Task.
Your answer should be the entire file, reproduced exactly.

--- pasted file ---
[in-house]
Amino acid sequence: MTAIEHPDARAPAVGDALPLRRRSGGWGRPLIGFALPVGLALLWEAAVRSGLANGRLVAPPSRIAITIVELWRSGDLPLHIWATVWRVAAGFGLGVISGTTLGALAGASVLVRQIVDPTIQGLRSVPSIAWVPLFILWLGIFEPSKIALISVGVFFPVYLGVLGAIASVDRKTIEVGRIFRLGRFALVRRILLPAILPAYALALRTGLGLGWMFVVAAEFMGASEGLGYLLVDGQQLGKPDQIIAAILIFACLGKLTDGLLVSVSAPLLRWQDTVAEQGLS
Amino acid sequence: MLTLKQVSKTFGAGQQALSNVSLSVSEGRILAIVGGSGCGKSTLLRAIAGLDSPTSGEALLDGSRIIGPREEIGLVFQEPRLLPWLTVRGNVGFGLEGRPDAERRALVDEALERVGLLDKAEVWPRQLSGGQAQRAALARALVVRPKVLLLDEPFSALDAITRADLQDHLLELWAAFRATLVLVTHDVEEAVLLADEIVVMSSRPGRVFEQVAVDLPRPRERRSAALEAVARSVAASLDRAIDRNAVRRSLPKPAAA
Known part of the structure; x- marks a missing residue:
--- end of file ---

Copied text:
[in-house]
Amino acid sequence: MTAIEHPDARAPAVGDALPLRRRSGGWGRPLIGFALPVGLALLWEAAVRSGLANGRLVAPPSRIAITIVELWRSGDLPLHIWATVWRVAAGFGLGVISGTTLGALAGASVLVRQIVDPTIQGLRSVPSIAWVPLFILWLGIFEPSKIALISVGVFFPVYLGVLGAIASVDRKTIEVGRIFRLGRFALVRRILLPAILPAYALALRTGLGLGWMFVVAAEFMGASEGLGYLLVDGQQLGKPDQIIAAILIFACLGKLTDGLLVSVSAPLLRWQDTVAEQGLS
Amino acid sequence: MLTLKQVSKTFGAGQQALSNVSLSVSEGRILAIVGGSGCGKSTLLRAIAGLDSPTSGEALLDGSRIIGPREEIGLVFQEPRLLPWLTVRGNVGFGLEGRPDAERRALVDEALERVGLLDKAEVWPRQLSGGQAQRAALARALVVRPKVLLLDEPFSALDAITRADLQDHLLELWAAFRATLVLVTHDVEEAVLLADEIVVMSSRPGRVFEQVAVDLPRPRERRSAALEAVARSVAASLDRAIDRNAVRRSLPKPAAA
Known part of the structure; x- marks a missing residue: